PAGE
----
True therapy would require the vulnerable individual to have bucket loads of money (to hire lawyers etc). Not psychotherapy, nor psychiatry.

    A few lines from an old friend, Thomas Szasz:

    Everywhere, children, and even many adults, take it for granted not only that there is a god but that he can understand their prayers because he speaks their language. Likewise, children assume that their parents are good, and if their experiences are unbearably inconsistent with that image, they prefer to believe that they themselves are bad rather than that their parents are. The belief that doctors are their patients’ agents-serving their patients’ interests and needs above all others–seems to me to be of a piece with mankind’s basic religious and familial myths. Nor are its roots particularly mysterious: when a person is young, old, or sick, he is handicapped compared with those who are mature and healthy; in the struggle for survival, he will thus inevitably come to depend on his fellows who are relatively unhandicapped.

    Such a relationship of dependency is implicit in all situations where clients and experts interact. Because in the case of illness the client fears for his health and for his life, it is especially dramatic and troublesome in medicine. In general, the more dependent a person is on another, the greater will be his need to aggrandize his helper, and the more he aggrandizes his helper, the more dependent he will be on him. The result is that the weak person easily becomes doubly endangered: first, by his weakness and, second, by his dependence on a protector who may choose to harm him. These are the brutal but basic facts of human relationships of which we must never lose sight in considering the ethical problems of biology, medicine, and the healing professions. As helplessness engenders belief in the goodness of the helper, and as utter helplessness engenders belief in his unlimited goodness, those thrust into the roles of helpers whether as deities or doctors, as priests or politicians have been only too willing to assent to these characterizations of themselves.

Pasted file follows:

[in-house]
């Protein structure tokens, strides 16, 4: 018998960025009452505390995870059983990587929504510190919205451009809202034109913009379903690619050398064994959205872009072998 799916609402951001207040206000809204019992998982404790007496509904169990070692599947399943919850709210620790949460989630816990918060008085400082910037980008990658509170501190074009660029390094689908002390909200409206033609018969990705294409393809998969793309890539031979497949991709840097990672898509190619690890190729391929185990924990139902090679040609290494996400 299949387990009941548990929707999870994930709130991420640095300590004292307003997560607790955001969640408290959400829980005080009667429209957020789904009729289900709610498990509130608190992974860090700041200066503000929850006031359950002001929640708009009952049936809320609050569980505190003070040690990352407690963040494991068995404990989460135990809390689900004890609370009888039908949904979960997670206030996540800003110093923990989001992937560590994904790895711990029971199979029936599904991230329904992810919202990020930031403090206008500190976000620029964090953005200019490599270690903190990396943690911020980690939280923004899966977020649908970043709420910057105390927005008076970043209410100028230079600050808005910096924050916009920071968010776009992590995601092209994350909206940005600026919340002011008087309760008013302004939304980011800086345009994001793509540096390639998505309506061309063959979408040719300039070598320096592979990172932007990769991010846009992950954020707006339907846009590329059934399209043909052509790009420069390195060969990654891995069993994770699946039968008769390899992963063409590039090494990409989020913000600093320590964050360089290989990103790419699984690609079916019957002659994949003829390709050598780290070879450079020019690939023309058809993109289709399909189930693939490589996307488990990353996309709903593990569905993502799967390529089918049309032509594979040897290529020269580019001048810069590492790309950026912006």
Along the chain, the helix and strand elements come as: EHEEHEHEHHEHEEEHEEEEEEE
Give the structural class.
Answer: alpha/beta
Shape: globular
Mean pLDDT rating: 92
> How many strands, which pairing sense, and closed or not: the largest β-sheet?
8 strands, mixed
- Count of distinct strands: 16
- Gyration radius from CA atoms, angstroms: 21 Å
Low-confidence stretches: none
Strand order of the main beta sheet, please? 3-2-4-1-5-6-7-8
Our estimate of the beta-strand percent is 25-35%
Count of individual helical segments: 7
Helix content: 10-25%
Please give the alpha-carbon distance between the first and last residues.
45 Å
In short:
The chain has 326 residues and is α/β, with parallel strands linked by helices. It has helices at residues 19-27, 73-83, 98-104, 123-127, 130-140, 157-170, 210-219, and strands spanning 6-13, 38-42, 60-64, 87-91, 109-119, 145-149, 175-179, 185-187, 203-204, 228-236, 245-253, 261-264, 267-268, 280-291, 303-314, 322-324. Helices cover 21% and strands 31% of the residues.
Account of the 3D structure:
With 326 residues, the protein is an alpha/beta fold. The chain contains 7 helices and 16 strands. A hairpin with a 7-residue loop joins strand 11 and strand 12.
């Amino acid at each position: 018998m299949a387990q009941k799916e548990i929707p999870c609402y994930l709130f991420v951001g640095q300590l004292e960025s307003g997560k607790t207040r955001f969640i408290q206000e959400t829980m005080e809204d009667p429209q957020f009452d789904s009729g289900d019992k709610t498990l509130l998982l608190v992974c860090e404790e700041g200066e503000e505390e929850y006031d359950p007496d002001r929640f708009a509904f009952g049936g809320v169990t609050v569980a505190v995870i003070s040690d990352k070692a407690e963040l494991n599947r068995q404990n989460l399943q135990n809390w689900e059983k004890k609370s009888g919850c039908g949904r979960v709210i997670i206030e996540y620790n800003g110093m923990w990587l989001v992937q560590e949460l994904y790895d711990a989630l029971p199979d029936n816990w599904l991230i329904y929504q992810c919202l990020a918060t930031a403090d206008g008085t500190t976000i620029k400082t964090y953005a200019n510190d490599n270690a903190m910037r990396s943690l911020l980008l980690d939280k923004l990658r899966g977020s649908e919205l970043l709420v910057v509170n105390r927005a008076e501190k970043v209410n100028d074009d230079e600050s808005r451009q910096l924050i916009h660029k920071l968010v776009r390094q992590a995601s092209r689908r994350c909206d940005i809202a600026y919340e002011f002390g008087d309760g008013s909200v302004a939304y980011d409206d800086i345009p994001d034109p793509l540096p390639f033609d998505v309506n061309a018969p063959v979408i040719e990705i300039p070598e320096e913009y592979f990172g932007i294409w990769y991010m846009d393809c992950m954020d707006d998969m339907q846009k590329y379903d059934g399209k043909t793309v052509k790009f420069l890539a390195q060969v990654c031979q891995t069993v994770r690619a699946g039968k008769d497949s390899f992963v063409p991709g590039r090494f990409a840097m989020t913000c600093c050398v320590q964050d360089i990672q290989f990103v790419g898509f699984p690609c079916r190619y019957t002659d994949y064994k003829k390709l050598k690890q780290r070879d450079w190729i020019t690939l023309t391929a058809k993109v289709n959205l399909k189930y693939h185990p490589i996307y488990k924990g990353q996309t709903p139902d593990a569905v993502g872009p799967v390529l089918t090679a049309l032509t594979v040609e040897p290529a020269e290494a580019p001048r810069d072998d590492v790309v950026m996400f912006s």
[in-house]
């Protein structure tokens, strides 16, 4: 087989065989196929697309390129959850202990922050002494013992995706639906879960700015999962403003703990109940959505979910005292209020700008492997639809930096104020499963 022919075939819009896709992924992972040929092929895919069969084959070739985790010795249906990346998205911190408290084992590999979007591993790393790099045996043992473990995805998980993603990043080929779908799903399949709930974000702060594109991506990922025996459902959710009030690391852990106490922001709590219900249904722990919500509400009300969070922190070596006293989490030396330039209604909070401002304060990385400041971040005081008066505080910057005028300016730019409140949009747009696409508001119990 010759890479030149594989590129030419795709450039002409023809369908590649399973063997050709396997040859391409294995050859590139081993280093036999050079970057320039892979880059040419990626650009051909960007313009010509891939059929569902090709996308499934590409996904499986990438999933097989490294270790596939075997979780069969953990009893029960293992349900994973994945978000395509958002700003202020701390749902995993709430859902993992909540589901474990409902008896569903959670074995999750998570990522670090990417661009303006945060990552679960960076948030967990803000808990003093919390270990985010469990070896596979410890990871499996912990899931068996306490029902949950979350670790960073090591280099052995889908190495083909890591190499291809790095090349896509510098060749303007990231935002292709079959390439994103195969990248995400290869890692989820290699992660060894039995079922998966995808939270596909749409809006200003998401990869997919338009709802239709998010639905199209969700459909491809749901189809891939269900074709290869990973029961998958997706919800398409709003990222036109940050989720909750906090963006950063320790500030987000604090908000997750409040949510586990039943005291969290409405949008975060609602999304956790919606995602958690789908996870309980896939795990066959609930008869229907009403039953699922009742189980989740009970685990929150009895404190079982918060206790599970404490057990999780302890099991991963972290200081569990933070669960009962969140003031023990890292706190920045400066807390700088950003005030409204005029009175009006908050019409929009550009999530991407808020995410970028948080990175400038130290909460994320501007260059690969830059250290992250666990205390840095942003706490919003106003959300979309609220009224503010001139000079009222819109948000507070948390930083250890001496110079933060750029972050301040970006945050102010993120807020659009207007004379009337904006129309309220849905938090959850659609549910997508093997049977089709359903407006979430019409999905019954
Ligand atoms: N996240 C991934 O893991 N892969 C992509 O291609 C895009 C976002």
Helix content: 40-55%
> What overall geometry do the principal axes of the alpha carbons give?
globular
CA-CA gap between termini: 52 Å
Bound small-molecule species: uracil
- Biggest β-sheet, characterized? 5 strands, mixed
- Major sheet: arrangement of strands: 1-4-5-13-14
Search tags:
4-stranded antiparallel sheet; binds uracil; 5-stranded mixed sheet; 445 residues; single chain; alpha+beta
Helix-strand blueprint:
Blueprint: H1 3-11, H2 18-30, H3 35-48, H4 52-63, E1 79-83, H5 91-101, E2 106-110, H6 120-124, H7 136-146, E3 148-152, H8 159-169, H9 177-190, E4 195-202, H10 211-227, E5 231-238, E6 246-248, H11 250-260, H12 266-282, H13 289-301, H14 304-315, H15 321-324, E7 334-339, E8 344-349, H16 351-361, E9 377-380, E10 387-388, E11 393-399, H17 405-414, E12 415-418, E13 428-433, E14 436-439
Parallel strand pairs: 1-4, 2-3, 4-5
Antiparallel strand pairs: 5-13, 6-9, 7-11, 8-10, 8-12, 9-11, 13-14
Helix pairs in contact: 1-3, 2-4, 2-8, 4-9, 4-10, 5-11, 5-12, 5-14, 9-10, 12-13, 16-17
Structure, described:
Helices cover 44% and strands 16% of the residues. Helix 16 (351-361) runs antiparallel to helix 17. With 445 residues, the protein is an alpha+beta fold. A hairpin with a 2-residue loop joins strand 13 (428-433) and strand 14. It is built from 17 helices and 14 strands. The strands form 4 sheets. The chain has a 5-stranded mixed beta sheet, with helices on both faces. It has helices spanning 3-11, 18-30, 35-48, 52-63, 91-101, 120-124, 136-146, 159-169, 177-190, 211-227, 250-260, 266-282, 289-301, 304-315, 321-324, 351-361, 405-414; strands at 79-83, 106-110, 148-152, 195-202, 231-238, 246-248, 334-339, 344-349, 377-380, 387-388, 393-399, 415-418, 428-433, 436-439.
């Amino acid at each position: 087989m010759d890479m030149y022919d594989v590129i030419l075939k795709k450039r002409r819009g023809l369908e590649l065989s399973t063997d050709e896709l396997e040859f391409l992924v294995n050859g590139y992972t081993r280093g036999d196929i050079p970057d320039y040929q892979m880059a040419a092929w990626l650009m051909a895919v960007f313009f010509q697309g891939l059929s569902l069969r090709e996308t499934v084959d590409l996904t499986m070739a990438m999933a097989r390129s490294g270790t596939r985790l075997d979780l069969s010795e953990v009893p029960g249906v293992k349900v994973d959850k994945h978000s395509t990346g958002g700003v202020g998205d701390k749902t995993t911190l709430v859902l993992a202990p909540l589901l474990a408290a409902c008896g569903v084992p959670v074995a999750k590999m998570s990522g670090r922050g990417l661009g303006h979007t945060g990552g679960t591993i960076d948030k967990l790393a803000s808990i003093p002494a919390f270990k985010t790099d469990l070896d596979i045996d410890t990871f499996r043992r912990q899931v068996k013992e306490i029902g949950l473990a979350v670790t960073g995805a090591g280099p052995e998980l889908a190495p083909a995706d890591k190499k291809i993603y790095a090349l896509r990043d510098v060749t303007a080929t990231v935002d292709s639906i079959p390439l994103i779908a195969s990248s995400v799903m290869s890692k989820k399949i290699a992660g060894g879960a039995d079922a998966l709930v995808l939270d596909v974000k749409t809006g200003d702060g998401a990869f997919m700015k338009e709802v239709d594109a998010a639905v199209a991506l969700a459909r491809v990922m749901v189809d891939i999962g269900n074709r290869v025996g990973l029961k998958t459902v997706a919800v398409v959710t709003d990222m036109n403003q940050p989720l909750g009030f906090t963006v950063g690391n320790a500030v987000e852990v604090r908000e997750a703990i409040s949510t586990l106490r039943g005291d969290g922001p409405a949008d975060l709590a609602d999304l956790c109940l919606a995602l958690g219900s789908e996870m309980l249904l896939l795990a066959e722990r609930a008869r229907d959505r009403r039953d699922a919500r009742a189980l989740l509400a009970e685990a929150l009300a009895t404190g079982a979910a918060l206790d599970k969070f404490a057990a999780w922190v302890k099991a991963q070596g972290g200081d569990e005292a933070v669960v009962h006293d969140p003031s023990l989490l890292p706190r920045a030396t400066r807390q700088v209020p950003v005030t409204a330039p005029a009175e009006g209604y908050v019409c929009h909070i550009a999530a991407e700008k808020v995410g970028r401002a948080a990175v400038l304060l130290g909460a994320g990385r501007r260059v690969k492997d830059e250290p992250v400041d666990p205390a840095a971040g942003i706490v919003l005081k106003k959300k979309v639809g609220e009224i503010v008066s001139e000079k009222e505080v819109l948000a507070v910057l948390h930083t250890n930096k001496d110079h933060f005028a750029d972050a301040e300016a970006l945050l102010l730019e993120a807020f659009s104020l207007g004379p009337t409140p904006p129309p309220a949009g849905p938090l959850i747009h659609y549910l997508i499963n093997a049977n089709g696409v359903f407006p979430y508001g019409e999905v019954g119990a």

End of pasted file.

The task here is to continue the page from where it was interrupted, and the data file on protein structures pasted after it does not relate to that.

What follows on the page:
This imagery of total virtue and impartial goodness serves not only to mitigate the helplessness of the weak, but also to obscure the conflicts of loyalty to which the protector is subject. Hence, the perennial appeal of the selfless, disinterested helper professing to be the impartial servant of mankind’s needs and interests.

  • Studies, studies and studies. Studies this and studies that. P-values, effects sizes, confidence intervals etc. etc.

    I, personally, am far more interested in individual cases. How such diagnoses, drugs etc. have helped or harmed the lives of an individual, which is what such fields are about. Helping one individual at a time.

    Which is why, we cannot ignore legal cases and the effects of these systems on particular individuals.

    Let me give you some examples from my country of India. You should just look at the way some of these psych. doctors write.

    In the case of Pankaj Mahajan vs Dimple (30th Septermber 2011)

    Dr. Paramjit Singh of Medical College Amritsar writes: “This disease is Bipolar Affective Disorder. I treated her during this period. She was admitted in Emergency because her disease was in quite serious stage. In this disease, the patient can commit suicide. When she came, she was aggressive and irritable. If the proper treatment is not given to the respondent then her aggressive nature can be prolonged.”